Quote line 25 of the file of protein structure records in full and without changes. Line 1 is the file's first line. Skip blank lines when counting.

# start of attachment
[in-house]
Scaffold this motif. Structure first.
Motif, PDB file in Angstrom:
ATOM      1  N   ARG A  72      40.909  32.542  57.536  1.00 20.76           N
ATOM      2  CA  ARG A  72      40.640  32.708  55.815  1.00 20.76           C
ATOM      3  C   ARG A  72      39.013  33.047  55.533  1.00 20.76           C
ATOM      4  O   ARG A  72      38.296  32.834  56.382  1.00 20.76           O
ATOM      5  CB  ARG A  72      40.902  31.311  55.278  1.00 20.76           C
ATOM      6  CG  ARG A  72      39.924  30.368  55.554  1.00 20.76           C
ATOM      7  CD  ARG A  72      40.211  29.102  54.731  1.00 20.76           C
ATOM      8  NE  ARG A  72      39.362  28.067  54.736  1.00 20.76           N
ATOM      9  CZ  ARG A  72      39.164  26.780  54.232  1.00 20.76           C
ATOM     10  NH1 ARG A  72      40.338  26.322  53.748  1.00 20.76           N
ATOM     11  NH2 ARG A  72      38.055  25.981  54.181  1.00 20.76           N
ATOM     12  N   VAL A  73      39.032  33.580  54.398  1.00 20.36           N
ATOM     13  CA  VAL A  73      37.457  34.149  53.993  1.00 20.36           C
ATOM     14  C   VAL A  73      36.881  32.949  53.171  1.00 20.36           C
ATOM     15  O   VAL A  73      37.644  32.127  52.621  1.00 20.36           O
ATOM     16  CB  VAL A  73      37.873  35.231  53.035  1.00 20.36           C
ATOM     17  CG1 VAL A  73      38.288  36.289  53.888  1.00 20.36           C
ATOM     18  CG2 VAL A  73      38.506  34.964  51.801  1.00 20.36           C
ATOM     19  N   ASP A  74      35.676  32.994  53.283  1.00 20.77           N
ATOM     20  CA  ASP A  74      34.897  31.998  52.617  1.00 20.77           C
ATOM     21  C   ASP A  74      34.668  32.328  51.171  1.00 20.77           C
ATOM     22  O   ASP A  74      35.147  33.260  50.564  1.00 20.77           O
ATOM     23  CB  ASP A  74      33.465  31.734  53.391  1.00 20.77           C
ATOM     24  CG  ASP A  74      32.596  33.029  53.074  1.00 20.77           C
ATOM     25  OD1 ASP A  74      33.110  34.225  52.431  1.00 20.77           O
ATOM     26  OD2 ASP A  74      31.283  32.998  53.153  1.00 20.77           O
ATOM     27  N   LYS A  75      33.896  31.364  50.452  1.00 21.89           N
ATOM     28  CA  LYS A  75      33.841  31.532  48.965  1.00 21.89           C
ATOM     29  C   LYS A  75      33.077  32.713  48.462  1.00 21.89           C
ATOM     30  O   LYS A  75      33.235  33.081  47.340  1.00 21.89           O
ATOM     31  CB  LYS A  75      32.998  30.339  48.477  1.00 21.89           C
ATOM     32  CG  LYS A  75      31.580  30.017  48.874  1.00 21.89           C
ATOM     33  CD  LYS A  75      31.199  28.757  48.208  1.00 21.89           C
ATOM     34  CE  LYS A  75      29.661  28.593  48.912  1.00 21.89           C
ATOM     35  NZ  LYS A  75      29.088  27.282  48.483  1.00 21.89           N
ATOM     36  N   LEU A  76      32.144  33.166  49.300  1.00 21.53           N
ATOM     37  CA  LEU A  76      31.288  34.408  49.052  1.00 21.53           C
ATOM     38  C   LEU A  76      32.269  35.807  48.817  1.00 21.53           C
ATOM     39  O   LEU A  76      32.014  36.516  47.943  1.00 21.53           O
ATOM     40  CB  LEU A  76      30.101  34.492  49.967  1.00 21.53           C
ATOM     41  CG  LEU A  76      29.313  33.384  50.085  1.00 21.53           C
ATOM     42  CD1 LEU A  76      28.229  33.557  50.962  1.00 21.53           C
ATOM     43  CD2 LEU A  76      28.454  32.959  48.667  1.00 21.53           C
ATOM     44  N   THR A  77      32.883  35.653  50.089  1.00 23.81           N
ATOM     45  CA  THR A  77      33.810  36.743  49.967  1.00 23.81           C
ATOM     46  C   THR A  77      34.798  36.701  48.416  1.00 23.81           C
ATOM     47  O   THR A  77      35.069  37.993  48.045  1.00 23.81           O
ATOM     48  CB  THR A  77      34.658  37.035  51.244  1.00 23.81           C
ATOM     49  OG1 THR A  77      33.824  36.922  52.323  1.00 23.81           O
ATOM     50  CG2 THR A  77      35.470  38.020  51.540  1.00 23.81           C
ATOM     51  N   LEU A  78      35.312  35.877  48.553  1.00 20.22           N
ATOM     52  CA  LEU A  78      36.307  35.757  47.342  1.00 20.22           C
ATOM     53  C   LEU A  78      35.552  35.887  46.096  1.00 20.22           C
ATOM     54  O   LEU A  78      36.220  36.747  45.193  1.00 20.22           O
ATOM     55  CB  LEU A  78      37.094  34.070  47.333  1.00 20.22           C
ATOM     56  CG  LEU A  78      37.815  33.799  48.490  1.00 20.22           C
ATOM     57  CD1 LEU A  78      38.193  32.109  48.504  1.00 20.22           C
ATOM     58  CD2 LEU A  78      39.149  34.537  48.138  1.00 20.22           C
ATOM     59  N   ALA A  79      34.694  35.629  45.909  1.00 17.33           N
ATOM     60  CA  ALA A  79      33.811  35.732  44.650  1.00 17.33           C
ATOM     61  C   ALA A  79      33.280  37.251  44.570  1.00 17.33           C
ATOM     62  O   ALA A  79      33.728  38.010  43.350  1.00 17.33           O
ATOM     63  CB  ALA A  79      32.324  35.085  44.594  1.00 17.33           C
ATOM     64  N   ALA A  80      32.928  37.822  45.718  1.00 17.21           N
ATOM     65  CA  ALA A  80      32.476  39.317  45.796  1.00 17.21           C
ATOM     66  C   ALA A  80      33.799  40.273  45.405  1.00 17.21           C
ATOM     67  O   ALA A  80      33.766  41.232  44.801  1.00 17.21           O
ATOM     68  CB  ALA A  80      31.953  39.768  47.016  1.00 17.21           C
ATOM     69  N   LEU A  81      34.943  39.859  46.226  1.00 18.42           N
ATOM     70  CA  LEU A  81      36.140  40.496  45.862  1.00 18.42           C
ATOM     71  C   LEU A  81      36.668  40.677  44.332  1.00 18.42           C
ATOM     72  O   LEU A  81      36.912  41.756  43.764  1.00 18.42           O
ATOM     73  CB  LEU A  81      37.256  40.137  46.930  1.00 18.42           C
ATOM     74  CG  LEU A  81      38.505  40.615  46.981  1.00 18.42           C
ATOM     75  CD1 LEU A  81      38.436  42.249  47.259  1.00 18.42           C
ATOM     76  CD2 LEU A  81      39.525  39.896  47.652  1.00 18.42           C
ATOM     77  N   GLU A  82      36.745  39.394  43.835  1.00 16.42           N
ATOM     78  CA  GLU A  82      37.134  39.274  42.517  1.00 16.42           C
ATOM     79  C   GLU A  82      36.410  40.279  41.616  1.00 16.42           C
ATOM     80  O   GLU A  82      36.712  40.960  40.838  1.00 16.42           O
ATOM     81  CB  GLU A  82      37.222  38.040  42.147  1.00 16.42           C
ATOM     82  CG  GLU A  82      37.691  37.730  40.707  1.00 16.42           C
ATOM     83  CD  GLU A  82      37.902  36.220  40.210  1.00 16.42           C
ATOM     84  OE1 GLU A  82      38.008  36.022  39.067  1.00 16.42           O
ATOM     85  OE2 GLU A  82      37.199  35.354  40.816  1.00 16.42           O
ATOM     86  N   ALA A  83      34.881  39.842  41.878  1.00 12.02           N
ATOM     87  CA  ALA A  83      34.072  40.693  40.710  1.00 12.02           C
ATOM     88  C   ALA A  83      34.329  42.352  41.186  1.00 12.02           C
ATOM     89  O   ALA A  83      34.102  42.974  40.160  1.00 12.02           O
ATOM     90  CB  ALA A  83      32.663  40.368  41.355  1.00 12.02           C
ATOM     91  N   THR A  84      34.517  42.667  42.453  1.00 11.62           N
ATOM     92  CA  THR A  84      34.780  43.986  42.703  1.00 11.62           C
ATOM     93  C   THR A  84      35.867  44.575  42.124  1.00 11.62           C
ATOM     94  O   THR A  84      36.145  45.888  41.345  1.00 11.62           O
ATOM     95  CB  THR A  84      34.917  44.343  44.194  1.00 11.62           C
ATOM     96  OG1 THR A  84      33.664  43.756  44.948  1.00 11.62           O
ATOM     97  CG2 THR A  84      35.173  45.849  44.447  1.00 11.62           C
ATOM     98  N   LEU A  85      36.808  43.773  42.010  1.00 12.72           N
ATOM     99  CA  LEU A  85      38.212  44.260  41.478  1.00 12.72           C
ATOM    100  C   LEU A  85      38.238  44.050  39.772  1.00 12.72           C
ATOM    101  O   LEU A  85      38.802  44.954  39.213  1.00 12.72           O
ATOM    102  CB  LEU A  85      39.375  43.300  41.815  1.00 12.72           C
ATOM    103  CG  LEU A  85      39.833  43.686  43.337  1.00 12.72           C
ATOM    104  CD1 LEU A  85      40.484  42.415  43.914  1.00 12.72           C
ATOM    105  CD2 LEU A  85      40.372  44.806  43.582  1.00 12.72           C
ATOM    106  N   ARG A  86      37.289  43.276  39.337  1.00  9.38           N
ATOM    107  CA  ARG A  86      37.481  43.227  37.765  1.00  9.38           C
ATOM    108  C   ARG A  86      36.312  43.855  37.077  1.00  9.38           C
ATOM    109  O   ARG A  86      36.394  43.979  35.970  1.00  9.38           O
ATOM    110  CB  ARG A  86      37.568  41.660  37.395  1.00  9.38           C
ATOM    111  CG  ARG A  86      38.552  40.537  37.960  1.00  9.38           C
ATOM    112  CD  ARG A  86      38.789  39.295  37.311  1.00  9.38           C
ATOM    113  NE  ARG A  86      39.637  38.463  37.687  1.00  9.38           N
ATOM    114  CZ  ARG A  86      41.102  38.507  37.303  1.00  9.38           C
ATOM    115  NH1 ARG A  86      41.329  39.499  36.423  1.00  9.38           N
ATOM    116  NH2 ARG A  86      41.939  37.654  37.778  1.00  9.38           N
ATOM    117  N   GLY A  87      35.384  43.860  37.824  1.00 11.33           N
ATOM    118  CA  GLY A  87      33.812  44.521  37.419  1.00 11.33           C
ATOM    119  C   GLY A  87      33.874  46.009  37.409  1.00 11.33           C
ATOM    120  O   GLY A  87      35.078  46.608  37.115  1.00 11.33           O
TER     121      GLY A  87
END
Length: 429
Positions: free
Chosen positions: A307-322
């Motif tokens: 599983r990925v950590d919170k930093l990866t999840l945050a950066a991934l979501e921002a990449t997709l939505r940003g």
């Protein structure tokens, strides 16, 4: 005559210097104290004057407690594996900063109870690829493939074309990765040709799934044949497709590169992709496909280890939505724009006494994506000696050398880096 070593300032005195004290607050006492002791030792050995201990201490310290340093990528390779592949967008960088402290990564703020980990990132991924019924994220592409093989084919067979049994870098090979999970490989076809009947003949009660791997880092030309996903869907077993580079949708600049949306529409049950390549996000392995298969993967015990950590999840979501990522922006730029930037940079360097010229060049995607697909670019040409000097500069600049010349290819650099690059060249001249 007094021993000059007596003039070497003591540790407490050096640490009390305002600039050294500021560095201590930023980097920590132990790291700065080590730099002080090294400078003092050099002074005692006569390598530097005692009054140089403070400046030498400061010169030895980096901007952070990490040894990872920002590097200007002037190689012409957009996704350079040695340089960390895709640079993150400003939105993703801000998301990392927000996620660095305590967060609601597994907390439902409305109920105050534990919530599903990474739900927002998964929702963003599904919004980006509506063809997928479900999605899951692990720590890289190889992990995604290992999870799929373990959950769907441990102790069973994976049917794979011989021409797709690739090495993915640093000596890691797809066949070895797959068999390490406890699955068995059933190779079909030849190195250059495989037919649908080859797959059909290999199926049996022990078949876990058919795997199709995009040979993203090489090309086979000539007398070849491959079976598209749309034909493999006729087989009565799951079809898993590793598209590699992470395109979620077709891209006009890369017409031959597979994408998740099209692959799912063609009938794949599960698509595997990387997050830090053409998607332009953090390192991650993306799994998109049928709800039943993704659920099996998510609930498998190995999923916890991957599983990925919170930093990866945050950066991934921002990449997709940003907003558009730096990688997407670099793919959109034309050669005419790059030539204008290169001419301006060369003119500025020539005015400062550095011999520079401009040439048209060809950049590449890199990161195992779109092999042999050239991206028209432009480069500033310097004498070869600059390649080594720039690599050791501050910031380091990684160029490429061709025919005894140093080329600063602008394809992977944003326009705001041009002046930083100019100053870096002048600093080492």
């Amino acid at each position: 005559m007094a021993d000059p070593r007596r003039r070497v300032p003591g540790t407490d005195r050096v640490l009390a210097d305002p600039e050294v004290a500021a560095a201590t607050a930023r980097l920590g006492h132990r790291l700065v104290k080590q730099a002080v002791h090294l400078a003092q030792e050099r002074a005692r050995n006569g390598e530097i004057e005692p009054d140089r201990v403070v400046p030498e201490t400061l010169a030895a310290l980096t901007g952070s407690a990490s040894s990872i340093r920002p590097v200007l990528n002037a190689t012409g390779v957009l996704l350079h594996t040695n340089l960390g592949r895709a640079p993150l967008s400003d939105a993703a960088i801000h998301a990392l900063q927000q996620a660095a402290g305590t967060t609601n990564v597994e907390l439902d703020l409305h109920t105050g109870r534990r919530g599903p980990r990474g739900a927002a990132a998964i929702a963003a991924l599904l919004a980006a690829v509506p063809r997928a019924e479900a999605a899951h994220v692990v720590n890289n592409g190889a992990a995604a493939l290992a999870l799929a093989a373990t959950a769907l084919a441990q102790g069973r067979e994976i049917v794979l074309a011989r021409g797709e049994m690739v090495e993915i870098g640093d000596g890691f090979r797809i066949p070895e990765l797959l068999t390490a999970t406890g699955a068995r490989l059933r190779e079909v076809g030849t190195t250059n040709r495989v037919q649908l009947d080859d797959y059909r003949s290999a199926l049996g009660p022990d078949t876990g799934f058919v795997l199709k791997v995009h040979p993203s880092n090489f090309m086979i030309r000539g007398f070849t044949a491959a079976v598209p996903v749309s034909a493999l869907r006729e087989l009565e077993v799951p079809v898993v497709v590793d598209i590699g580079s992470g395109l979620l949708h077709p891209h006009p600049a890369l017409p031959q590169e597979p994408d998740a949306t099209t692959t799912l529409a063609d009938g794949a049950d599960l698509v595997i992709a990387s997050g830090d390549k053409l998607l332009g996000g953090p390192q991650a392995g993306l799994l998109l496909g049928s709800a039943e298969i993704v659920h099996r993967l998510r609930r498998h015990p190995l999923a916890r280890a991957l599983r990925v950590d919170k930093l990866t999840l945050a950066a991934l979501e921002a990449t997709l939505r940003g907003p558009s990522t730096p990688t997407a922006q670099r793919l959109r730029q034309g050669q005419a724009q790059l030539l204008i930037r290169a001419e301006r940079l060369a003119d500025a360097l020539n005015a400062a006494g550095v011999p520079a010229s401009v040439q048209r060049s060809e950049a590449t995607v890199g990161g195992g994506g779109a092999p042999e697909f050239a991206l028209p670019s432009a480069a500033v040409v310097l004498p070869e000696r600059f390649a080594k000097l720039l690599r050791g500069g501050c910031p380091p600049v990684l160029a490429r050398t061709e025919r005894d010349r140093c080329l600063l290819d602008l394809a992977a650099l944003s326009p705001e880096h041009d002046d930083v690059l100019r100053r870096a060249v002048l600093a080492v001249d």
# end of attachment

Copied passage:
ATOM     22  O   ASP A  74      35.147  33.260  50.564  1.00 20.77           O